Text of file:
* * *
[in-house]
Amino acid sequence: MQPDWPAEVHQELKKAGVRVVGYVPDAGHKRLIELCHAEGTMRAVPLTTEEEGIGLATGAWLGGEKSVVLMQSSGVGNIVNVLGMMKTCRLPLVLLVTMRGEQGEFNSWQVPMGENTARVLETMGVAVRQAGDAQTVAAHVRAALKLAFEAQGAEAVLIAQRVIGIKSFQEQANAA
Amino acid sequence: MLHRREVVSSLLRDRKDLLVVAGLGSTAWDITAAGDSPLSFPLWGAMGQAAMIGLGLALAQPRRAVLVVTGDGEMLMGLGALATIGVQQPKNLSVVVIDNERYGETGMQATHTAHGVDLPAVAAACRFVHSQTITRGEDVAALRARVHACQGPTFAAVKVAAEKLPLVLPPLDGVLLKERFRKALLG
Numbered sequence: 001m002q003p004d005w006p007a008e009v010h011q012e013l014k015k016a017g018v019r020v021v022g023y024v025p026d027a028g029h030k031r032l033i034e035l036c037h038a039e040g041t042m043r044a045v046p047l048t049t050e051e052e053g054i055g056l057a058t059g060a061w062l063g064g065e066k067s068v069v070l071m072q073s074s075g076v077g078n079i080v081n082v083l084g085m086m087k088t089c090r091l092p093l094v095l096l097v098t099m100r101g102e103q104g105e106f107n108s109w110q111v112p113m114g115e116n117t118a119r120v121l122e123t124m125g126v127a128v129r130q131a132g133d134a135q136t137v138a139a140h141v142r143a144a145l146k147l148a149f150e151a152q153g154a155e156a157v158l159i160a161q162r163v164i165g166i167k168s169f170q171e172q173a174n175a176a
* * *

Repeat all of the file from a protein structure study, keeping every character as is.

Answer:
[in-house]
Amino acid sequence: MQPDWPAEVHQELKKAGVRVVGYVPDAGHKRLIELCHAEGTMRAVPLTTEEEGIGLATGAWLGGEKSVVLMQSSGVGNIVNVLGMMKTCRLPLVLLVTMRGEQGEFNSWQVPMGENTARVLETMGVAVRQAGDAQTVAAHVRAALKLAFEAQGAEAVLIAQRVIGIKSFQEQANAA
Amino acid sequence: MLHRREVVSSLLRDRKDLLVVAGLGSTAWDITAAGDSPLSFPLWGAMGQAAMIGLGLALAQPRRAVLVVTGDGEMLMGLGALATIGVQQPKNLSVVVIDNERYGETGMQATHTAHGVDLPAVAAACRFVHSQTITRGEDVAALRARVHACQGPTFAAVKVAAEKLPLVLPPLDGVLLKERFRKALLG
Numbered sequence: 001m002q003p004d005w006p007a008e009v010h011q012e013l014k015k016a017g018v019r020v021v022g023y024v025p026d027a028g029h030k031r032l033i034e035l036c037h038a039e040g041t042m043r044a045v046p047l048t049t050e051e052e053g054i055g056l057a058t059g060a061w062l063g064g065e066k067s068v069v070l071m072q073s074s075g076v077g078n079i080v081n082v083l084g085m086m087k088t089c090r091l092p093l094v095l096l097v098t099m100r101g102e103q104g105e106f107n108s109w110q111v112p113m114g115e116n117t118a119r120v121l122e123t124m125g126v127a128v129r130q131a132g133d134a135q136t137v138a139a140h141v142r143a144a145l146k147l148a149f150e151a152q153g154a155e156a157v158l159i160a161q162r163v164i165g166i167k168s169f170q171e172q173a174n175a176a